The myth of the framework can be stated in one sentence, as follows.
A rational and fruitful discussion is impossible unless the participants share a common framework of basic assumptions or, at least, unless they have agreed on such a framework for the purpose of the discussion.
This is the myth I am going to criticize.
As I have formulated it here, the myth sounds like a sober statement, or like a sensible warning to which we ought to pay attention in order to further rational discussion. Some people even think that what I describe as a myth is a logical principle, or based on a logical principle. I think, on the contrary, that it is not only a false statement, but also a vicious statement which, if widely believed, must undermine the unity of mankind, and so must greatly increase the likelihood of violence and of war. This is the main reason why I want to combat it and refute it.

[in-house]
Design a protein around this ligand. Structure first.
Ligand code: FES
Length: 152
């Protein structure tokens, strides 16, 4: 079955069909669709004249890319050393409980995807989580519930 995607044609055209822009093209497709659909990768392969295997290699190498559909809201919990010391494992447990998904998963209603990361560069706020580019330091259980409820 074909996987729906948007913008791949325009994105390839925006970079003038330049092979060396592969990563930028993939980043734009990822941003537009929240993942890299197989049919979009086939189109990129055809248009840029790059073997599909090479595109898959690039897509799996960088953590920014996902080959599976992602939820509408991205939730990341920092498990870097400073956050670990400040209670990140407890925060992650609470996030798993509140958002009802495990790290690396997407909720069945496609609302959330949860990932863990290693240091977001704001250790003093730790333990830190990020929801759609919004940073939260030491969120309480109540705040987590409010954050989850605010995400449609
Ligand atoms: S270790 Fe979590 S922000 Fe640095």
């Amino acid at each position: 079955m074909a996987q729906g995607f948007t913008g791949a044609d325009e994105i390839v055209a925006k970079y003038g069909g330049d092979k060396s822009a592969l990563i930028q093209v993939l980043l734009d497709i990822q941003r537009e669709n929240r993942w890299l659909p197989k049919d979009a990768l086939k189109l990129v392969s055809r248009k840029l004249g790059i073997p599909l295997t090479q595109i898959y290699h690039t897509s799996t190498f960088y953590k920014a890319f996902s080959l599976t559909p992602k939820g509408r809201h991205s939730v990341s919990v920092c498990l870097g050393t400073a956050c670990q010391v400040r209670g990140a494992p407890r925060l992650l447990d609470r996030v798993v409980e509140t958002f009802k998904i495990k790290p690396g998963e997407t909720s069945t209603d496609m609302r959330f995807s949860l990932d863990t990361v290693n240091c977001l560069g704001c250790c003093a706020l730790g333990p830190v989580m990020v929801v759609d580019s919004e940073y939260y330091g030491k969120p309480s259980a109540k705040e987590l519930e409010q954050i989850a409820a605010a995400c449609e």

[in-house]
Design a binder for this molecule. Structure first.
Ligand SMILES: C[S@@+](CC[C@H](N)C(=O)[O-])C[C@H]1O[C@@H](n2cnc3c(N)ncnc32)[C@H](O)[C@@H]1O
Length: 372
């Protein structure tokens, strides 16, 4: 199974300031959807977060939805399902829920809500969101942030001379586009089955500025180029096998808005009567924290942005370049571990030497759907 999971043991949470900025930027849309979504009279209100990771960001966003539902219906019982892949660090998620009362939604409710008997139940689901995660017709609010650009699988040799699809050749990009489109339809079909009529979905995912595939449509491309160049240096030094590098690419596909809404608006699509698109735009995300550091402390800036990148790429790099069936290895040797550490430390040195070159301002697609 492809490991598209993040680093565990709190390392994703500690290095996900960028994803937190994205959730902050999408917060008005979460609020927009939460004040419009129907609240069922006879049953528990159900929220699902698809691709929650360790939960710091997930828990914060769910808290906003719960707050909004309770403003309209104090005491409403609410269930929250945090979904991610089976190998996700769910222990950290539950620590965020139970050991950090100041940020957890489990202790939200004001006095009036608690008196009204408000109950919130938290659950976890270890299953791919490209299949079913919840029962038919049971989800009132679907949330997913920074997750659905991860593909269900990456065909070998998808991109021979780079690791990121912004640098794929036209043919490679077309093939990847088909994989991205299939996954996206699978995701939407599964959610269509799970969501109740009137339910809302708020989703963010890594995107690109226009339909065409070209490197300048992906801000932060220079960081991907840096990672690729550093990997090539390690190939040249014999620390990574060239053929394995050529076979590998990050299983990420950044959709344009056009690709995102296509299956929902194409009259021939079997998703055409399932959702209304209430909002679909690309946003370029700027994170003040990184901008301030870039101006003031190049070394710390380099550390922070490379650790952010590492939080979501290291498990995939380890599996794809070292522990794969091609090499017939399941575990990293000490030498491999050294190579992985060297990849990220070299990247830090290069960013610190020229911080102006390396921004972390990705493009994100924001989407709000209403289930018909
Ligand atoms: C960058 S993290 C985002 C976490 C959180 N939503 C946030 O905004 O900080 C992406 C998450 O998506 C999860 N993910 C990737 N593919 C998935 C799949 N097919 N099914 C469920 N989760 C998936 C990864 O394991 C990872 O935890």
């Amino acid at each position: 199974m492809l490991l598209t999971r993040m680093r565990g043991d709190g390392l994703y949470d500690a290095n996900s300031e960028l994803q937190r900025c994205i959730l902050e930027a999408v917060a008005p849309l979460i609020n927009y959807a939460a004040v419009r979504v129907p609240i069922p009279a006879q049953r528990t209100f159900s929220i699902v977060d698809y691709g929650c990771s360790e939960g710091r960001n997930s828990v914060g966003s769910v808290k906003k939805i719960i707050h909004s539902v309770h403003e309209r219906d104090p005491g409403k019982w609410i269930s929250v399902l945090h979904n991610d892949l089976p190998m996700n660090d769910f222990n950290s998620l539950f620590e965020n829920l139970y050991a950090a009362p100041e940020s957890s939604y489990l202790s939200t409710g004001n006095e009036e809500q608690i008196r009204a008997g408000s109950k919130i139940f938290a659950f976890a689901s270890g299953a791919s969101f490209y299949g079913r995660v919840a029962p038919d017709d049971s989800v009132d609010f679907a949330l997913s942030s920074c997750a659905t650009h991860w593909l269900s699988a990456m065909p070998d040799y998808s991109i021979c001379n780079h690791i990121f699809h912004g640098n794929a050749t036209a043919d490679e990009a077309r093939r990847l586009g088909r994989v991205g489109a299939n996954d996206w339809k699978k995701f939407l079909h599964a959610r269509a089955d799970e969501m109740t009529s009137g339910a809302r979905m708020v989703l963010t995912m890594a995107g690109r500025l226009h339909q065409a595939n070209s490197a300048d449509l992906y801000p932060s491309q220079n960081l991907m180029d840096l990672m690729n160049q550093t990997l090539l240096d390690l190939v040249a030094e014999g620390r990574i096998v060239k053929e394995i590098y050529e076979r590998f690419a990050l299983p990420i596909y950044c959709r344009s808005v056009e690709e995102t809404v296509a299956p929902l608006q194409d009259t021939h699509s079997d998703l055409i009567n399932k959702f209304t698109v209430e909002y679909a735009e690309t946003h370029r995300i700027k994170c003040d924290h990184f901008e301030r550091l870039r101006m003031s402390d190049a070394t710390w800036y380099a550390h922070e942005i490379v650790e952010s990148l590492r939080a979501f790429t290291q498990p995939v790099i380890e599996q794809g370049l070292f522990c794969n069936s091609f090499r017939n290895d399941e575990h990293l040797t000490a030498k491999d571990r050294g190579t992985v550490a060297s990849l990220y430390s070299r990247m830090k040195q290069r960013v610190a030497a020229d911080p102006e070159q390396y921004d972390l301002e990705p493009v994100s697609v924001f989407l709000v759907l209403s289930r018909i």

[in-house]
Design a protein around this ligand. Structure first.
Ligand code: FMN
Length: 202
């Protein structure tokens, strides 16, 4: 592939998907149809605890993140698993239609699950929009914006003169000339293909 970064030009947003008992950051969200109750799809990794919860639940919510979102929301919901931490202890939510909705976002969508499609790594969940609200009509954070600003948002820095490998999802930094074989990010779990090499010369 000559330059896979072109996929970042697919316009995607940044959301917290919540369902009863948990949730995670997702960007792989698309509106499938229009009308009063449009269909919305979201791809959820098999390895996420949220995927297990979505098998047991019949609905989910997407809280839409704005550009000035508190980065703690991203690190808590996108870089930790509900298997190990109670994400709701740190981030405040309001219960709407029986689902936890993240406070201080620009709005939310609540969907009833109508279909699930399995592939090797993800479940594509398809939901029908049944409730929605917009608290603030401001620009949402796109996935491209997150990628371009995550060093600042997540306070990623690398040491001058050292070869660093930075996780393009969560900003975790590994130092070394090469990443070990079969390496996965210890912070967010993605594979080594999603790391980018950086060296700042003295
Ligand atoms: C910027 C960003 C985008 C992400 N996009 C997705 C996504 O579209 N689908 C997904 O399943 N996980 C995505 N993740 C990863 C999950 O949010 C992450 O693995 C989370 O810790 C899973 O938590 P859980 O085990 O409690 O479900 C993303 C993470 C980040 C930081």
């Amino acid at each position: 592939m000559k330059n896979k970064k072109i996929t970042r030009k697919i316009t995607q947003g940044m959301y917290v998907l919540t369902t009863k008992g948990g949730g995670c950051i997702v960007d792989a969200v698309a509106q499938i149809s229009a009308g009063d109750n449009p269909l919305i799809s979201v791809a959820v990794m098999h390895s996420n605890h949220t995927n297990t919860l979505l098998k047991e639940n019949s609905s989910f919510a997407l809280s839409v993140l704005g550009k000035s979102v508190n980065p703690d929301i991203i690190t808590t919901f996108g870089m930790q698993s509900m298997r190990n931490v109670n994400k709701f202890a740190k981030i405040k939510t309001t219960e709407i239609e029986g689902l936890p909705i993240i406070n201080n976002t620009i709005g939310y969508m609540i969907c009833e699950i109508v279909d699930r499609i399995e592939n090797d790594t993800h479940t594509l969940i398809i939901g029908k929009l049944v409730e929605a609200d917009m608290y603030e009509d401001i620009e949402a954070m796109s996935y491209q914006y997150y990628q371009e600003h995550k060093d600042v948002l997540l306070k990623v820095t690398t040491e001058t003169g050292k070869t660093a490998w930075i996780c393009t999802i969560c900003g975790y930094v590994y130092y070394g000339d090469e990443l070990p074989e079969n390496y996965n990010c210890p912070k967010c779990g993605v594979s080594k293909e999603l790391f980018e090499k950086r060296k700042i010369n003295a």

As indicated, I mean by ‘framework’ here a set of basic assumptions, or fundamental principles – that is to say, an intellectual framework. It is important to distinguish such a framework from some attitudes which may indeed be preconditions for a discussion, such as a wish to get to, or nearer to, the truth, and a willingness to share problems or to understand the aims and the problems of somebody else. [34-5]